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Isle of Dogs – Movie Review

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Isle of Dogs – Movie Review

Rating: A- (Great)

Trailer/Thumbnail Courtesy Fox Searchlight Pictures

When Wes Anderson directed his first animated film Fantastic Mr. Fox, he was adapting Roald Dahl’s book and brought his own sensibilities to the famous author’s story. Now, with Isle of Dogs, we see an Anderson completely let loose with his own creation of talking dogs with a clear love letter to canines everywhere. The attention to detail is startling with some wildly inventive touches in every frame. This is the sort of film that will reward repeat viewings, but it also has a wildly inventive story with unique characters that each stand out. Like a lot of Anderson’s films, there is brightness in this darkly comic story that allows it to stand out from the pack. If there’s ever a film to really connect with your love of dogs, this is it. You’re definitely going to want to try waggedy to find some ways to treat your dog even better than you currently do.

The first noticeable element of any Wes Anderson film is the use of framing. As shown in Fantastic Mr. Fox, that makes him a fitting director for animation as he successfully pulls the audience into his interpretation of the world. The various settings of Isle of Dogs are a wonder with production designers Paul Harrod and Adam Stockhausen creating a stunning Japanese metropolis and a garbage dump island filled with pooches. A lot of credit should also go to the model and prop makers for their incredible work in giving a lived in quality to these locales. Isle of Dogs even throws in a bit of hand-drawn animation when characters are watching television. Those little touches add so much to this animated world. While the visuals do the job of wowing our eyeballs, the story more than pulls us in. There is an unpredictable nature to how Isle of Dogs progresses and Anderson especially knows how to use flashbacks, with almost a self-awareness of what a cinematic convention they are.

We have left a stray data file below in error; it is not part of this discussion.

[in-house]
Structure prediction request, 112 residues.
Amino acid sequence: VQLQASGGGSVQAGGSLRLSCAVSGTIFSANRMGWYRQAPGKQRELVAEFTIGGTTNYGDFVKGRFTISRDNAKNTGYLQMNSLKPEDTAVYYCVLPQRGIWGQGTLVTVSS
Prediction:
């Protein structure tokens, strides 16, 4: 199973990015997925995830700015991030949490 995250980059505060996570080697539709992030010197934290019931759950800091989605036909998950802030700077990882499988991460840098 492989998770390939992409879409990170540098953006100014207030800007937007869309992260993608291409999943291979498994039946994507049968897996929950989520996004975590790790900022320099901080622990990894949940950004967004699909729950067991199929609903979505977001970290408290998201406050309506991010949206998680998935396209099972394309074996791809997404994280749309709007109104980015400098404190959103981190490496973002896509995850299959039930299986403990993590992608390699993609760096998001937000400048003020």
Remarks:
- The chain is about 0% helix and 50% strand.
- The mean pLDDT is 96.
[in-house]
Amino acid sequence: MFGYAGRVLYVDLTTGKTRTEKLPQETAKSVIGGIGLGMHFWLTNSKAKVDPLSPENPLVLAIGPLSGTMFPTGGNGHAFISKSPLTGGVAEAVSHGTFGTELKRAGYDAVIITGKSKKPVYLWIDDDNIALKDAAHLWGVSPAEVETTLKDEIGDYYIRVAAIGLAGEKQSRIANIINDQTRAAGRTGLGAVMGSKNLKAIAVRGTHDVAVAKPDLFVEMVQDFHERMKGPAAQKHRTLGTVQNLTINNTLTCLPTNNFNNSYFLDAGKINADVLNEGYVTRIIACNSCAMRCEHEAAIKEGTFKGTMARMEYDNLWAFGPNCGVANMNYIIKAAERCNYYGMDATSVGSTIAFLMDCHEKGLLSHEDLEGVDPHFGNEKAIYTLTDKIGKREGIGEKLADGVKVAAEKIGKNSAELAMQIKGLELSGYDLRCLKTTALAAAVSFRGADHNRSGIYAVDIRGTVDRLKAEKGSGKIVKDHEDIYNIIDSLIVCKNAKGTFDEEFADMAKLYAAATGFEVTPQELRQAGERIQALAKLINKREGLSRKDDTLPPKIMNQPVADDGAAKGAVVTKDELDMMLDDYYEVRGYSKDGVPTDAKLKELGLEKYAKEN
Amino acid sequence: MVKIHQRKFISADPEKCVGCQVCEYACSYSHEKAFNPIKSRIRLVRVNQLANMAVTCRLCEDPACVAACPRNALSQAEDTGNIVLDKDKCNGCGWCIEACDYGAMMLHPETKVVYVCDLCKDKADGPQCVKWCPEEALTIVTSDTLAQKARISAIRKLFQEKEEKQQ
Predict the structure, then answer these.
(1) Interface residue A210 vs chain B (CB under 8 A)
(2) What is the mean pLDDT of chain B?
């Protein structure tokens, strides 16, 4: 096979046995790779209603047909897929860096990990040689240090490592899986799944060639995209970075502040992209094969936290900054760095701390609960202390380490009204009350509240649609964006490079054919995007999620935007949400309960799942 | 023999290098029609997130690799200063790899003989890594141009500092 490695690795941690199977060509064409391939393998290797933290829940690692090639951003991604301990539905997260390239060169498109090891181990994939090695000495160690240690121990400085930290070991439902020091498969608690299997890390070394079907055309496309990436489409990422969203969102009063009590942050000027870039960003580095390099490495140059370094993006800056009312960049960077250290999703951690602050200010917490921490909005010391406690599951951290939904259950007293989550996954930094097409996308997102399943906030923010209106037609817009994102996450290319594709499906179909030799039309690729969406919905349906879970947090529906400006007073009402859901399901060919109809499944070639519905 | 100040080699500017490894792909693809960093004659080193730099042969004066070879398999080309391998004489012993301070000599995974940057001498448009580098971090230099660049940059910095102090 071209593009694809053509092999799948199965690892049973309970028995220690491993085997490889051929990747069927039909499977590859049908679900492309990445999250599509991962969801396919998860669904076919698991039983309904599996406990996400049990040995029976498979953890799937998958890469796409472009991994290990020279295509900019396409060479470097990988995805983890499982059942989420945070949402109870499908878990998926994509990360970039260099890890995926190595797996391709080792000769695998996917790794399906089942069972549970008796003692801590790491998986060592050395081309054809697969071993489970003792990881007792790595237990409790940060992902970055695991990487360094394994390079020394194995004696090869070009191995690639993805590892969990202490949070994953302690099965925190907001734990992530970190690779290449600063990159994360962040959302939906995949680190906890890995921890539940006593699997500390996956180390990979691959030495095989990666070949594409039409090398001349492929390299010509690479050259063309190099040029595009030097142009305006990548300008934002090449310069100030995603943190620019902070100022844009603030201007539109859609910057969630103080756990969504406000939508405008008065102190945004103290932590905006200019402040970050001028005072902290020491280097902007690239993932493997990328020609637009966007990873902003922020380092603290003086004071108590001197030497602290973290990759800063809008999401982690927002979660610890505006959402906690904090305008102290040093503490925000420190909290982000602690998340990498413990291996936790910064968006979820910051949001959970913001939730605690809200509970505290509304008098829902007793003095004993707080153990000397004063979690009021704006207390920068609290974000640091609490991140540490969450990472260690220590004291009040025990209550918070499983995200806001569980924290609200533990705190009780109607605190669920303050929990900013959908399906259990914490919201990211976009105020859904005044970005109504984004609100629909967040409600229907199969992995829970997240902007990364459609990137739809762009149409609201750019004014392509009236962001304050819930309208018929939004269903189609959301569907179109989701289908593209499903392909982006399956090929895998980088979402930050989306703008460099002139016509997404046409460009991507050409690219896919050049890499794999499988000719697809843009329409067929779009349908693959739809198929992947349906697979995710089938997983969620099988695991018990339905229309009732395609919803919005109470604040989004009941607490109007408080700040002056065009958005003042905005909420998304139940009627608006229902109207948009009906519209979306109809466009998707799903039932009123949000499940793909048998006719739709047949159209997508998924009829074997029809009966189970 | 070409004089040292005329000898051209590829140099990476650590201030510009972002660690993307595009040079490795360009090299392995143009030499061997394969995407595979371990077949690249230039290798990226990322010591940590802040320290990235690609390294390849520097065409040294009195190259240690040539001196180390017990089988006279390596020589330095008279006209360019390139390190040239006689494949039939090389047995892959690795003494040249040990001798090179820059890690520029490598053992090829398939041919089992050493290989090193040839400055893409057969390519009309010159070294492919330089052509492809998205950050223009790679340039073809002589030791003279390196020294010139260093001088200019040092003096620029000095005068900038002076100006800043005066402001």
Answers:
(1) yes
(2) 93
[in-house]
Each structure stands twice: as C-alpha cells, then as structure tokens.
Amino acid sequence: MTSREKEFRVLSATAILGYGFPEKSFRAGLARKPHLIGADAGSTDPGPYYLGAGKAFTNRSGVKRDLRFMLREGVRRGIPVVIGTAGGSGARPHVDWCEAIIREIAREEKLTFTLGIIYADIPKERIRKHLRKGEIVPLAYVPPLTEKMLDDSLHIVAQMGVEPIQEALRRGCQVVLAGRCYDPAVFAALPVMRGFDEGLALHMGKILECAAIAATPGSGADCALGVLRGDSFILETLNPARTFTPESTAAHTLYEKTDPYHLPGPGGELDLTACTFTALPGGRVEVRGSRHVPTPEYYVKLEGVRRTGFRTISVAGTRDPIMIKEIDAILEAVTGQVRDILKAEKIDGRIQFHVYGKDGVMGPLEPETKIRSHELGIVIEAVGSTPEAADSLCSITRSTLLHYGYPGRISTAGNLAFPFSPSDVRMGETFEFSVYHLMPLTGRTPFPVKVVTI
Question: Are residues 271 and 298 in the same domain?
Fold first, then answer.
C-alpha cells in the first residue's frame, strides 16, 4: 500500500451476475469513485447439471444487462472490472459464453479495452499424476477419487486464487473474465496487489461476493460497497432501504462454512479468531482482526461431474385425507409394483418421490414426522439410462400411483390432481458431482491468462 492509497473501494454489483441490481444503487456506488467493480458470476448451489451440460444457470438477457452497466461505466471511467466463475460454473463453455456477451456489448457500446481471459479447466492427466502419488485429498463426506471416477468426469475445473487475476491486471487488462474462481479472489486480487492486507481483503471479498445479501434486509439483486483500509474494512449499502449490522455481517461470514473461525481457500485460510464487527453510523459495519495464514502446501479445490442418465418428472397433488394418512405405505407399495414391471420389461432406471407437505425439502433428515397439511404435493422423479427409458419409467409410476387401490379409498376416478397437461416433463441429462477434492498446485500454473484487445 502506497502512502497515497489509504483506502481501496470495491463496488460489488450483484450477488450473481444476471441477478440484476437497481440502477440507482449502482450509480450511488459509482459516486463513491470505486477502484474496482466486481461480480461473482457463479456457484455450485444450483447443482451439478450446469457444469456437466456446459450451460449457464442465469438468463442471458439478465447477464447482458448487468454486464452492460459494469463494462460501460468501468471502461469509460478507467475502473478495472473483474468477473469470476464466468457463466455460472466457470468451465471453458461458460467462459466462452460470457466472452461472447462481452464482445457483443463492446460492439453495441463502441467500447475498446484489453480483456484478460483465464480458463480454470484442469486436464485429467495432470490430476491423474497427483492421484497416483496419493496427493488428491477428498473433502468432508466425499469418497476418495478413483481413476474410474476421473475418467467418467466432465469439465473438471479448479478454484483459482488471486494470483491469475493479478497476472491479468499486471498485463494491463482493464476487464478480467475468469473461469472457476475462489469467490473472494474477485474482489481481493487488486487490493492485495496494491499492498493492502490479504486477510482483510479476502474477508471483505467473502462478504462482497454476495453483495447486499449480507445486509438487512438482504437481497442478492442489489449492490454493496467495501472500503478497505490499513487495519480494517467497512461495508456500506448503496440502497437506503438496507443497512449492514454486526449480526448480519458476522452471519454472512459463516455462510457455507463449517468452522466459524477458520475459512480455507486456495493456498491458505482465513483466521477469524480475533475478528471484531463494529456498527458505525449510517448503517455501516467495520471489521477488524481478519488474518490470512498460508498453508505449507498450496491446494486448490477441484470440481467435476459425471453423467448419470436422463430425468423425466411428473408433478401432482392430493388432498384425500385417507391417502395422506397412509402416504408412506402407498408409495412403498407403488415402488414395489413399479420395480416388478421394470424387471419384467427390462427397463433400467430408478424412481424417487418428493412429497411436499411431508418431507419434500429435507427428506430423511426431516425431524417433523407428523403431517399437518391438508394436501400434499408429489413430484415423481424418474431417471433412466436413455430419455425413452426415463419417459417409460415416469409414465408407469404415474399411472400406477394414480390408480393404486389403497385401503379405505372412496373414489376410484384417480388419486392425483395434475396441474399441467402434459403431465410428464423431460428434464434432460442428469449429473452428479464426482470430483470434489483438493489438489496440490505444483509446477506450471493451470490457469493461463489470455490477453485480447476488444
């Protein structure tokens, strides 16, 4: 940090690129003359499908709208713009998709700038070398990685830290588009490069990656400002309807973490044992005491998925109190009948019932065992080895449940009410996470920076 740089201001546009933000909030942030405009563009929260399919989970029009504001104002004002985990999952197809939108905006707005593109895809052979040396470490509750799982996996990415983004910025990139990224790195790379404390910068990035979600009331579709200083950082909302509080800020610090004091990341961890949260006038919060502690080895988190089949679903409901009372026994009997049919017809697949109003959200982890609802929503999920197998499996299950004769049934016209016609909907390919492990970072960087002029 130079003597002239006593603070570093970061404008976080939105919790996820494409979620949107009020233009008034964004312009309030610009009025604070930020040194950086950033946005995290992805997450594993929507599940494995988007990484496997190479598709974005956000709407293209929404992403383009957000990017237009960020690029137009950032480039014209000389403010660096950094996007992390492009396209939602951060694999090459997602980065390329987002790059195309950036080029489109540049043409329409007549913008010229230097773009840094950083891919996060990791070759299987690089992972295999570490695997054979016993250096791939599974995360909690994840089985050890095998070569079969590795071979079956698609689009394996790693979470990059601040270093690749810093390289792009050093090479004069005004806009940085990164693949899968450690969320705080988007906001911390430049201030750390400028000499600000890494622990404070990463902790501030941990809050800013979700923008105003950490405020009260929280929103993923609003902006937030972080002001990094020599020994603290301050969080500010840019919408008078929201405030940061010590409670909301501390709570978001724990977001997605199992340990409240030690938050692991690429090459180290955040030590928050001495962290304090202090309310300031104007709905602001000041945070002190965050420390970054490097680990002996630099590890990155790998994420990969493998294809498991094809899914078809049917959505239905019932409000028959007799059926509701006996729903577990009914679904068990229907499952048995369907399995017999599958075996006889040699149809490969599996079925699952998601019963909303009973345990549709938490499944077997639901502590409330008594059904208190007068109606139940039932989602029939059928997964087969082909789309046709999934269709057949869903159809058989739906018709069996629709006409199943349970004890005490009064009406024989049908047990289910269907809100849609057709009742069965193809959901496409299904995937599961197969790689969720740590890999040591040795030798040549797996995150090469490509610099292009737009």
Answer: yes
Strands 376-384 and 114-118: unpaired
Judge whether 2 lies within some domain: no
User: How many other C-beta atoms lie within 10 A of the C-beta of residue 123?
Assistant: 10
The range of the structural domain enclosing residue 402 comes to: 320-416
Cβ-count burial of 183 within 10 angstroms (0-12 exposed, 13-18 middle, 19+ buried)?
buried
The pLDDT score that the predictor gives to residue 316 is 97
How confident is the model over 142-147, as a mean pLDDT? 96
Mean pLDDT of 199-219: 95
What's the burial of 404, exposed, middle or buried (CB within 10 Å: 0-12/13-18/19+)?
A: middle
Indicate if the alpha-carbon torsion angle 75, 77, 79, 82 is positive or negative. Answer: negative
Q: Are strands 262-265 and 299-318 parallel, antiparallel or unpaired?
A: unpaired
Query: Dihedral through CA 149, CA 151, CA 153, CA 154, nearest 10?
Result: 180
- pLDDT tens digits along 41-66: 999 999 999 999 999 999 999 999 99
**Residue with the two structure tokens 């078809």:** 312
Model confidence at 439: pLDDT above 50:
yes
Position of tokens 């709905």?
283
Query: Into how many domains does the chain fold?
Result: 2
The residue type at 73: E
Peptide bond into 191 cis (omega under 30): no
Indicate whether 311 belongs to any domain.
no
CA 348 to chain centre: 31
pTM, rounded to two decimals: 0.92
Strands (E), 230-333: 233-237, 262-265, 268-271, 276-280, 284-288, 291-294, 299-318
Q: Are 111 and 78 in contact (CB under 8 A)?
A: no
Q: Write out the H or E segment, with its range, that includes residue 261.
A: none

Wes Anderson’s dry style of dialogue is all throughout Isle of Dogs and fit the dog-filled cast perfectly. He has brought a lot of his usual actors to provide the voices and nobody seems out of place. Most importantly, even with Bill Murray, Bryan Cranston, Jeff Goldblum, Scarlett Johansson and others providing voices, they don’t overpower the characters and our empathy for them. Each dog feels distinct, although it is Chief who goes through the most development. In a clever decision, Anderson chooses not to use subtitles, when the humans begin speaking Japanese. It’s a credit to his storytelling skills that anyone not fluent in Japanese will still understand what is happening. Occasionally, a translator does appear and even she becomes a memorable presence.

Even with multiple subplots running, including with a pro-dog activist group, Anderson weaves the stories together beautifully. There are genuine stakes and even bloodshed, which bring to mind Martin Rosen’s renowned talking animal pictures Watership Down and The Plague Dogs. The slight roughness of the stop-motion animation is appropriate as these dogs are dirty and malnourished. When a dog sneezes, that little movement and sound is immediately felt. At its heart, Isle of Dogs is ultimately about the bond between people and man’s best friend and it’s easy to imagine Anderson scratching behind his dog’s ears as he writes the screenplay.

When Wes Anderson directed Fantastic Mr. Fox, it might have been seen as a one-and-done deal. A filmmaker, commonly known for live-action, dabbling in animation as a way to bring one of his favourite books to the screen. With Isle of Dogs, he proves his genuine love for what the medium can accomplish and as another way to tell his stories. Using stop-motion as his animation technique of choice is even more admirable, when considering the patience required and how it’s sadly seen as un-commercial in Hollywood. Isle of Dogs is a delightful tale with many of the trademarks that make Wes Anderson’s work so identifiable.


Stefan Ellison

Stefan Ellison